Buttle UK yesterday published research into the experiences of children and informal kinship carers, and I found it a powerful and useful piece of work. One of the things that struck me was just how many kinship carers arrangements were as a result of drug or alcohol misuse.
They found that in 2 out of 3 cases (67%) drugs and/or alcohol played a part in the decision to remove children from their parent’s care.
The research includes the voice of carers and children, which brings home some of the desperate circumstances that lead to these decisions being made.
One grandmother is quoted saying:
They [parents] were drug addicts and I went over one day to their house when he was 6 weeks old and he was lying trying to feed his self with a bottle and all these cushions. An I just [pushed] through, you know this crowd were in the bedroom, they were doing all different things with drugs. So I just took the child out, went straight to my lawyer.
What also comes across is the love and care that the children receive; one 9 year old says:
It’s just they look after me and make sure when I have problems… they come and sort it out.
The report suggests that despite the adversities they’ve faced the majority of children in these informal arrangements develop well, but a minority have are showing quite serious problems. The authors report that 34% of the group they talked to scored abnormally on the SDQ scale, which compares to 10-16% in the general population and 45-74% for those in unrelated foster care.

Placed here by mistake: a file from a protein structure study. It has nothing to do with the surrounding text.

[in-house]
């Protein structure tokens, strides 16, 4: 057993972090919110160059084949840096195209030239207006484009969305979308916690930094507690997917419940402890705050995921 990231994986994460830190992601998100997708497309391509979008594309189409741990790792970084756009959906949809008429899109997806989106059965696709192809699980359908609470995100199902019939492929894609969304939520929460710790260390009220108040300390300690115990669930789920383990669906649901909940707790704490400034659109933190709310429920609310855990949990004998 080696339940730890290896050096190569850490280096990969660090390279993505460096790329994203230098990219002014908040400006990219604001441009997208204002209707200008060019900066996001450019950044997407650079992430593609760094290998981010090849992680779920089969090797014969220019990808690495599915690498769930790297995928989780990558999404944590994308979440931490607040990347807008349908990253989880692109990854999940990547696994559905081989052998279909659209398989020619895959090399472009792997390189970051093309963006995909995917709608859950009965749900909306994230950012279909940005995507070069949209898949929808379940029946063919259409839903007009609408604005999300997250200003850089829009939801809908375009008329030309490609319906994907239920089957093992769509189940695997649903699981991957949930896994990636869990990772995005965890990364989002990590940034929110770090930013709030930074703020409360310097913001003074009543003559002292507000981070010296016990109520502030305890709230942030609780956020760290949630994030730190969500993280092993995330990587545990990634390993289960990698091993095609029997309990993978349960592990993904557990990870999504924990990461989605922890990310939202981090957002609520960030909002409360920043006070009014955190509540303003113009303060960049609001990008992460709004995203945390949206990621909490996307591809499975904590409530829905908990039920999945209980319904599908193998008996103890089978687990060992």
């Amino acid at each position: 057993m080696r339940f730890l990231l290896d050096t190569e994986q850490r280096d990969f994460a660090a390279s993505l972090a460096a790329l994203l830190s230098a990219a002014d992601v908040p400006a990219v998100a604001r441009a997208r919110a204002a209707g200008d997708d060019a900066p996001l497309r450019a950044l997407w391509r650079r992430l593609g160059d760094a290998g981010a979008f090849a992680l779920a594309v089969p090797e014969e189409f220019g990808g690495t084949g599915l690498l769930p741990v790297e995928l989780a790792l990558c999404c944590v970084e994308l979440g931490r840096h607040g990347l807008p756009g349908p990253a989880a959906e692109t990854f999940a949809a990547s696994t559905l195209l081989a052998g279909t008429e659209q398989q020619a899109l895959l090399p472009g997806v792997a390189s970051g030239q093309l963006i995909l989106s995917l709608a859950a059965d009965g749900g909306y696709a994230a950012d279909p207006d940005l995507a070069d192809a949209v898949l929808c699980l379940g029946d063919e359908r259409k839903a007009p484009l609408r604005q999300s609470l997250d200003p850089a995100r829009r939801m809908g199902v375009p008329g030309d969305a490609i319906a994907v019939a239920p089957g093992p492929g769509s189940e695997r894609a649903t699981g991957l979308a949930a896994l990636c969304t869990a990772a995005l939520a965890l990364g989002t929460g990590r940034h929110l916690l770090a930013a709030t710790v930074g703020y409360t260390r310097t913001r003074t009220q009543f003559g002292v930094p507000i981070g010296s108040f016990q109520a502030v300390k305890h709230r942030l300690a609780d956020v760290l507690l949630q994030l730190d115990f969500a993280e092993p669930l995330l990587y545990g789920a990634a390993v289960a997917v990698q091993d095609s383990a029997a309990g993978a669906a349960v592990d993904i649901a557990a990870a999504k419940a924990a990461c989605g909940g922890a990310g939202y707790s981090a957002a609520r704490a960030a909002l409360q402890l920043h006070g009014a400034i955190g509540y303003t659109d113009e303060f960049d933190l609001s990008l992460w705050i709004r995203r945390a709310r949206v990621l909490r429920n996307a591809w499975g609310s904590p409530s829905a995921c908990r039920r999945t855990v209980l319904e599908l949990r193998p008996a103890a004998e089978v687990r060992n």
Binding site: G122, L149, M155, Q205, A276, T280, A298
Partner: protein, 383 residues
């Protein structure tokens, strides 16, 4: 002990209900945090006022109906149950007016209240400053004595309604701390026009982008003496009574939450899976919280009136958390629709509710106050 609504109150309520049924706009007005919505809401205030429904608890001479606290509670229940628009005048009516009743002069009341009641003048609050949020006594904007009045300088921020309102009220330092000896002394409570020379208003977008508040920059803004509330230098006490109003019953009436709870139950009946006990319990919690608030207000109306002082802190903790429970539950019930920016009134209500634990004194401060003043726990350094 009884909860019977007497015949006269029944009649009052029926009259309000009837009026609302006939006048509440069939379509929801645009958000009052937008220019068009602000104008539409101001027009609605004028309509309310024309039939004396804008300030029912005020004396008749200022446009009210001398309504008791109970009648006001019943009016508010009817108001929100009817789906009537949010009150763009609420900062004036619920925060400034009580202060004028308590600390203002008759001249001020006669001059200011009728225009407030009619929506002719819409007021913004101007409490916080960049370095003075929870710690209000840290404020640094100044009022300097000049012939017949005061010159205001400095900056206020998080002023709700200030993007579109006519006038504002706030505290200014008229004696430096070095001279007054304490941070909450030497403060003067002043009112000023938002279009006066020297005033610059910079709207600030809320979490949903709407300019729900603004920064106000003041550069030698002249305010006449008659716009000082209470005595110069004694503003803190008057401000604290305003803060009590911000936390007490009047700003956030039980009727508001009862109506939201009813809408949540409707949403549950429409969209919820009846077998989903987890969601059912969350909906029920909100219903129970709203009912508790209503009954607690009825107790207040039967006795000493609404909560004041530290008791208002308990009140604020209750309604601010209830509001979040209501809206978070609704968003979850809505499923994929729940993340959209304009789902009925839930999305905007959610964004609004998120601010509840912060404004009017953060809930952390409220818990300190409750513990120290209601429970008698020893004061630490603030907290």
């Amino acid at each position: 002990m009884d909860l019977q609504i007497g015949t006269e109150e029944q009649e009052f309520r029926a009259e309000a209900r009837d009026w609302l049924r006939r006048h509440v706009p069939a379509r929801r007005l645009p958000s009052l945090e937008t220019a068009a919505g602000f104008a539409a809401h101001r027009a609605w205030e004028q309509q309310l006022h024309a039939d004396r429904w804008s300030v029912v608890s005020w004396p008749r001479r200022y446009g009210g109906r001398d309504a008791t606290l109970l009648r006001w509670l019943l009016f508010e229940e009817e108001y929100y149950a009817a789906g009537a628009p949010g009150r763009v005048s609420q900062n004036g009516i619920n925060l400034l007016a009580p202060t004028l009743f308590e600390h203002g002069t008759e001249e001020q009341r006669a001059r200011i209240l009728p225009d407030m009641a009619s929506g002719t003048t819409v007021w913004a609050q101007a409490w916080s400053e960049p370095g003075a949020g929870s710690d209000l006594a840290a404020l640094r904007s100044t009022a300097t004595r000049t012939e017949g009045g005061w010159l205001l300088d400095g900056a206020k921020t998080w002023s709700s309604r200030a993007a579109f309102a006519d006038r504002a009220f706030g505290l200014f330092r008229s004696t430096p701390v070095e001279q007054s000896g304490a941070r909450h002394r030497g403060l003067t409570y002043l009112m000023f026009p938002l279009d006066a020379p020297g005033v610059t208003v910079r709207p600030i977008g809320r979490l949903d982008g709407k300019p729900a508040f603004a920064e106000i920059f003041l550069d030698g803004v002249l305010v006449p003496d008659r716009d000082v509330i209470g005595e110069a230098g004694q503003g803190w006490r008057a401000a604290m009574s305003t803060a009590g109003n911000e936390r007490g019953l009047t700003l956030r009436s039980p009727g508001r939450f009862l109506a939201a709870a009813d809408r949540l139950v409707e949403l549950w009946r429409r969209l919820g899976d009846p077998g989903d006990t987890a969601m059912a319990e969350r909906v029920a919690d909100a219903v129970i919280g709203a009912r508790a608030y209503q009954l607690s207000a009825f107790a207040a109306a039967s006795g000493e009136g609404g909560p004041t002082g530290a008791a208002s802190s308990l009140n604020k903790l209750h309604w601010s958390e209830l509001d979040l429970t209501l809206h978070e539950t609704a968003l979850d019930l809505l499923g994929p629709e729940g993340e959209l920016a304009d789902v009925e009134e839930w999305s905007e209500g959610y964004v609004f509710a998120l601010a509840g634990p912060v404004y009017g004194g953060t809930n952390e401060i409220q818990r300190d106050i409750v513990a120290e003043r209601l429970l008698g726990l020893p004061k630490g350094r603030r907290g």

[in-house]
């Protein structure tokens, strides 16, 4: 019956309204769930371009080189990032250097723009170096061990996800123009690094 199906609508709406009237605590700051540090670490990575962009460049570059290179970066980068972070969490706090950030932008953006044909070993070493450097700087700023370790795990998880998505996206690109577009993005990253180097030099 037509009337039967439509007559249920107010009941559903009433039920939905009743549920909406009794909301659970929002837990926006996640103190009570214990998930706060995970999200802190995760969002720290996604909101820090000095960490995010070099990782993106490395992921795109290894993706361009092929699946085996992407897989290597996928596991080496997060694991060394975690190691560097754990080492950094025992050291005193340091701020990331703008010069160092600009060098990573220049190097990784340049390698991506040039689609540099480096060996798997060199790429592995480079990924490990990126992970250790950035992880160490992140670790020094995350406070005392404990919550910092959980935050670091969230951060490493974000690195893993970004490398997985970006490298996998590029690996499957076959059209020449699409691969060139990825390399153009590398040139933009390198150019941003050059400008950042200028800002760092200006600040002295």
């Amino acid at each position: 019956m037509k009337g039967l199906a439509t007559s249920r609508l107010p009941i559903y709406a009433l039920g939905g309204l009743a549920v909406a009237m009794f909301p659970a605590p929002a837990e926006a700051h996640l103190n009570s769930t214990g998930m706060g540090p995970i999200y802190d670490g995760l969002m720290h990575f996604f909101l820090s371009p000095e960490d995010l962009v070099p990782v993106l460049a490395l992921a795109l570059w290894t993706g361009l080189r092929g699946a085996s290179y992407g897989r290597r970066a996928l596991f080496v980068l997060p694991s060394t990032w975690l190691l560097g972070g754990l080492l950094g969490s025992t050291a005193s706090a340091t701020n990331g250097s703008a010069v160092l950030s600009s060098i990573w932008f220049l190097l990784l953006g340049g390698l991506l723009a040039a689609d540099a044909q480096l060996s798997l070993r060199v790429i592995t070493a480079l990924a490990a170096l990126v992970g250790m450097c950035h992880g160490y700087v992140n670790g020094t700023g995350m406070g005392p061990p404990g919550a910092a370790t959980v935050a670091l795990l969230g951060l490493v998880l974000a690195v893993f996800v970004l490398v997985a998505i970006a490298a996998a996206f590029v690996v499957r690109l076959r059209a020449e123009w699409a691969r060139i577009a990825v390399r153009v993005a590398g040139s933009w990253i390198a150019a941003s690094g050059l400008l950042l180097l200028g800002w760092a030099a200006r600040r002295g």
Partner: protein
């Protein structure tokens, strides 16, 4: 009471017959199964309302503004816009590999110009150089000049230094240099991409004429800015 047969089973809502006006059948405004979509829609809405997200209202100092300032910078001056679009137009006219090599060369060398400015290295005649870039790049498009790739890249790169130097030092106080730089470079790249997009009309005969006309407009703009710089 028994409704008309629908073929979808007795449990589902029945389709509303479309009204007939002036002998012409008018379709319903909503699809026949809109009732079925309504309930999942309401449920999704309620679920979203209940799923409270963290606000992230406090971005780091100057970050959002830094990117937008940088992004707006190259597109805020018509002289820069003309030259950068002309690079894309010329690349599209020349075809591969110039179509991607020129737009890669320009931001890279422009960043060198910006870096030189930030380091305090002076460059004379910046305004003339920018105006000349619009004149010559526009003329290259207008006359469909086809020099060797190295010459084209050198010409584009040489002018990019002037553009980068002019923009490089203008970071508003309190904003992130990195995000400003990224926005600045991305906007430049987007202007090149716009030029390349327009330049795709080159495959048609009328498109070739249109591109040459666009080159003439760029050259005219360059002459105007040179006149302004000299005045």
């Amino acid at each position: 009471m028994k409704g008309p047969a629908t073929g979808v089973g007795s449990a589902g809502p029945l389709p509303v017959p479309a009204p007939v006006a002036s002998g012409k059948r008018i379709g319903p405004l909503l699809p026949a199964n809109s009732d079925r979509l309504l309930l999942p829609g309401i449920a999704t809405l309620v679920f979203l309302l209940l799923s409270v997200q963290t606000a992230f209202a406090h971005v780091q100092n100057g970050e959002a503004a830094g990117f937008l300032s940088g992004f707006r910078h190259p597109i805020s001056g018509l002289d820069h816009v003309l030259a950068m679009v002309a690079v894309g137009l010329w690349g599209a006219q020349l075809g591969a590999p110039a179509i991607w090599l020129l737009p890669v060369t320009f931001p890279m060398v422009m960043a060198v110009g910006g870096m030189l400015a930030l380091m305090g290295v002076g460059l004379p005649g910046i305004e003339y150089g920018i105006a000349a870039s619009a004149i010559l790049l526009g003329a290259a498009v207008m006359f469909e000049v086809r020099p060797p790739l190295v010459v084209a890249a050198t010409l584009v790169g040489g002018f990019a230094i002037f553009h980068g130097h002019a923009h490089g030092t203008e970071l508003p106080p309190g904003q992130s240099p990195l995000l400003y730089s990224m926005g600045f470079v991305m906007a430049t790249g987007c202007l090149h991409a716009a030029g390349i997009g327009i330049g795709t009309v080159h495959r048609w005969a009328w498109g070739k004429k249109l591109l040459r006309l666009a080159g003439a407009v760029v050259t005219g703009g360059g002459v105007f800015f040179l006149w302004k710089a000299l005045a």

As you may know if you’ve followed what we do at any point over the last 8 or so years Mentor is interested in supporting kinship care families, particularly where parents have had, or are having, a problem with drugs or alcohol.
We recognise that kinship placements are more likely to lead to better outcomes for children who can’t live at home, but believe to make that work carers the children and those that support them need support.
Over the years we’ve produced the Mind the Gap resource pack, which included a film of kinship carers talking about their circumstances (above), the EU Kinship Carers pack, and in our guide for Scottish kinship carers. And at the moment we’re just finishing the first year of the Families Together project which is working to develop resilience in kinship families.
Much of what is reported in this new report fits very closely to what we’ve been told by kinship carers over the years, and many of the recommendations that are made fit very well with things that we’ve recommended as a result of our work.
We can only hope that Ministers and the Association of Directors of Children’s Services work together to mean that the next report on kinship care is able to report on positive improvements in the lives and well being of these remarkable people.